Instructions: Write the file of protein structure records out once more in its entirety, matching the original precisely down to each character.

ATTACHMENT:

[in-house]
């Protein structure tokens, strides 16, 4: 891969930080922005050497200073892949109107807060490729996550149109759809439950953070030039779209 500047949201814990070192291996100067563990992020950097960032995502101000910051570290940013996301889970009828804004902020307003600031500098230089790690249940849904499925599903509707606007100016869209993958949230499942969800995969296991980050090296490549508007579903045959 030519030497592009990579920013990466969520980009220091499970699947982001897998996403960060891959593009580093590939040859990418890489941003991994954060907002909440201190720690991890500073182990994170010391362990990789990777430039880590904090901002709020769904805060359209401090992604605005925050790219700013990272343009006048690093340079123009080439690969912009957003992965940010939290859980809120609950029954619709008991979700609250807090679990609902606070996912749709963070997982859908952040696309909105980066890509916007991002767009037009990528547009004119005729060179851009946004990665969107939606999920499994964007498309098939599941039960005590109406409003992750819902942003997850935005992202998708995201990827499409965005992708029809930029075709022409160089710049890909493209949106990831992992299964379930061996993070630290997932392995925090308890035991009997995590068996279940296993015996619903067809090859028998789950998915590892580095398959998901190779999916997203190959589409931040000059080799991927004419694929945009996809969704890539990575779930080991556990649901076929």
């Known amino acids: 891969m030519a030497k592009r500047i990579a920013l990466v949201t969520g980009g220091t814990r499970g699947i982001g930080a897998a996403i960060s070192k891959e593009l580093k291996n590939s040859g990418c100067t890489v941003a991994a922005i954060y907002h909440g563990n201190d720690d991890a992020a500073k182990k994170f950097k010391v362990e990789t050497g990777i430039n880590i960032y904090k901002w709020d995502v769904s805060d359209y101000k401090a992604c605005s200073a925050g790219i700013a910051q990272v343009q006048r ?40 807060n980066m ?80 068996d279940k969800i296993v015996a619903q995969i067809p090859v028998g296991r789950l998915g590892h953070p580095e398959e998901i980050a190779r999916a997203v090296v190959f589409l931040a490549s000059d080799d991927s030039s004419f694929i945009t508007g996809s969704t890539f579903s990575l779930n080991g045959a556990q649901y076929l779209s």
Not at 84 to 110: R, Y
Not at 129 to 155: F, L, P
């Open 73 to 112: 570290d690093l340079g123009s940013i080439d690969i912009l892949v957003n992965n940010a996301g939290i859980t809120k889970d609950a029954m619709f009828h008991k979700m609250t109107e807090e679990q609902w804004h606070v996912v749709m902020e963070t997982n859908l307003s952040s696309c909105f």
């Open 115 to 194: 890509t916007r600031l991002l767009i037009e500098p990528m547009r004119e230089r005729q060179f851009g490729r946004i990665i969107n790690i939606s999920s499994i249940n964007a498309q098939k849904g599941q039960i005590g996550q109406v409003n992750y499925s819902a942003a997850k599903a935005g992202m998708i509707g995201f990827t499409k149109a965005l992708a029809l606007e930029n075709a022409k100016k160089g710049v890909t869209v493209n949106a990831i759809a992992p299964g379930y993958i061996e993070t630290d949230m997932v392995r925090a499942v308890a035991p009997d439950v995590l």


[in-house]
């Protein structure tokens, strides 16, 4: 891969930080922005050497200073892949109107807060490729996550149109759809439950953070030039779209 500047949201814990070192291996100067563990992020950097960032995502101000910051570290940013996301889970009828804004902020307003600031500098230089790690249940849904499925599903509707606007100016869209993958949230499942969800995969296991980050090296490549508007579903045959 030519030497592009990579920013990466969520980009220091499970699947982001897998996403960060891959593009580093590939040859990418890489941003991994954060907002909440201190720690991890500073182990994170010391362990990789990777430039880590904090901002709020769904805060359209401090992604605005925050790219700013990272343009006048690093340079123009080439690969912009957003992965940010939290859980809120609950029954619709008991979700609250807090679990609902606070996912749709963070997982859908952040696309909105980066890509916007991002767009037009990528547009004119005729060179851009946004990665969107939606999920499994964007498309098939599941039960005590109406409003992750819902942003997850935005992202998708995201990827499409965005992708029809930029075709022409160089710049890909493209949106990831992992299964379930061996993070630290997932392995925090308890035991009997995590068996279940296993015996619903067809090859028998789950998915590892580095398959998901190779999916997203190959589409931040000059080799991927004419694929945009996809969704890539990575779930080991556990649901076929």
């Known amino acids: 891969m030519a030497k592009r500047i990579a920013l990466v949201t969520g980009g220091t814990r499970g699947i982001g930080a897998a996403i960060s070192k891959e593009l580093k291996n590939s040859g990418c100067t890489v941003a991994a922005i954060y907002h909440g563990n201190d720690d991890a992020a500073k182990k994170f950097k010391v362990e990789t050497g990777i430039n880590i960032y904090k901002w709020d995502v769904s805060d359209y101000k401090a992604c605005s200073a925050g790219i700013a910051q990272v343009q006048r ?40 807060n980066m ?80 068996d279940k969800i296993v015996a619903q995969i067809p090859v028998g296991r789950l998915g590892h953070p580095e398959e998901i980050a190779r999916a997203v090296v190959f589409l931040a490549s000059d080799d991927s030039s004419f694929i945009t508007g996809s969704t890539f579903s990575l779930n080991g045959a556990q649901y076929l779209s």
Not at 84 to 110: R, Y
Not at 129 to 155: F, L, P
């Open 73 to 112: 570290d690093l340079g123009s940013i080439d690969i912009l892949v957003n992965n940010a996301g939290i859980t809120k889970d609950a029954m619709f009828h008991k979700m609250t109107e807090e679990q609902w804004h606070v996912v749709m902020e963070t997982n859908l307003s952040s696309c909105f």
């Open 115 to 194: 890509t916007r600031l991002l767009i037009e500098p990528m547009r004119e230089r005729q060179f851009g490729r946004i990665i969107n790690i939606s999920s499994i249940n964007a498309q098939k849904g599941q039960i005590g996550q109406v409003n992750y499925s819902a942003a997850k599903a935005g992202m998708i509707g995201f990827t499409k149109a965005l992708a029809l606007e930029n075709a022409k100016k160089g710049v890909t869209v493209n949106a990831i759809a992992p299964g379930y993958i061996e993070t630290d949230m997932v392995r925090a499942v308890a035991p009997d439950v995590l």